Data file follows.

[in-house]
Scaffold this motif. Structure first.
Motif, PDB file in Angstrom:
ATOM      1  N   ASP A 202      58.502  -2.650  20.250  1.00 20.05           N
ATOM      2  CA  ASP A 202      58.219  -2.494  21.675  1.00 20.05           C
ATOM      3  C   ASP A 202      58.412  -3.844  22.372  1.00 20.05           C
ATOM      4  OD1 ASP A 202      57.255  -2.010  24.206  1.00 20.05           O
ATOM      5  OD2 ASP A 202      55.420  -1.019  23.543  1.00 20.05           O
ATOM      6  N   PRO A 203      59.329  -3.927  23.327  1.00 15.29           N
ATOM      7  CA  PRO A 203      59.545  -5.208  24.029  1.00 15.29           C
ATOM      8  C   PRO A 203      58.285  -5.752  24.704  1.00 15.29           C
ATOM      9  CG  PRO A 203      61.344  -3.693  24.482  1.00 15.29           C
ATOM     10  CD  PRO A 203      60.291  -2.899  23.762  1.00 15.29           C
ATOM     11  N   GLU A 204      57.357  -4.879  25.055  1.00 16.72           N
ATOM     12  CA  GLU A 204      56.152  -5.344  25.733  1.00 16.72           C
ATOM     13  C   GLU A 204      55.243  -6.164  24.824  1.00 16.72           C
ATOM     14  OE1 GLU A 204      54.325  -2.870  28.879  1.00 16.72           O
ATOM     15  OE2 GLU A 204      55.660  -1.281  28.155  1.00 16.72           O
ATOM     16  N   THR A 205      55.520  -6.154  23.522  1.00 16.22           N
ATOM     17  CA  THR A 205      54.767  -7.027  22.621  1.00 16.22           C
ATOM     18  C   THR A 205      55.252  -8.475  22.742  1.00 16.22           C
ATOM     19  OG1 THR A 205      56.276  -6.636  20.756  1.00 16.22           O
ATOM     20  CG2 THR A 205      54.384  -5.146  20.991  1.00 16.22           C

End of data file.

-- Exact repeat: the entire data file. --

[in-house]
Scaffold this motif. Structure first.
Motif, PDB file in Angstrom:
ATOM      1  N   ASP A 202      58.502  -2.650  20.250  1.00 20.05           N
ATOM      2  CA  ASP A 202      58.219  -2.494  21.675  1.00 20.05           C
ATOM      3  C   ASP A 202      58.412  -3.844  22.372  1.00 20.05           C
ATOM      4  OD1 ASP A 202      57.255  -2.010  24.206  1.00 20.05           O
ATOM      5  OD2 ASP A 202      55.420  -1.019  23.543  1.00 20.05           O
ATOM      6  N   PRO A 203      59.329  -3.927  23.327  1.00 15.29           N
ATOM      7  CA  PRO A 203      59.545  -5.208  24.029  1.00 15.29           C
ATOM      8  C   PRO A 203      58.285  -5.752  24.704  1.00 15.29           C
ATOM      9  CG  PRO A 203      61.344  -3.693  24.482  1.00 15.29           C
ATOM     10  CD  PRO A 203      60.291  -2.899  23.762  1.00 15.29           C
ATOM     11  N   GLU A 204      57.357  -4.879  25.055  1.00 16.72           N
ATOM     12  CA  GLU A 204      56.152  -5.344  25.733  1.00 16.72           C
ATOM     13  C   GLU A 204      55.243  -6.164  24.824  1.00 16.72           C
ATOM     14  OE1 GLU A 204      54.325  -2.870  28.879  1.00 16.72           O
ATOM     15  OE2 GLU A 204      55.660  -1.281  28.155  1.00 16.72           O
ATOM     16  N   THR A 205      55.520  -6.154  23.522  1.00 16.22           N
ATOM     17  CA  THR A 205      54.767  -7.027  22.621  1.00 16.22           C
ATOM     18  C   THR A 205      55.252  -8.475  22.742  1.00 16.22           C
ATOM     19  OG1 THR A 205      56.276  -6.636  20.756  1.00 16.22           O
ATOM     20  CG2 THR A 205      54.384  -5.146  20.991  1.00 16.22           C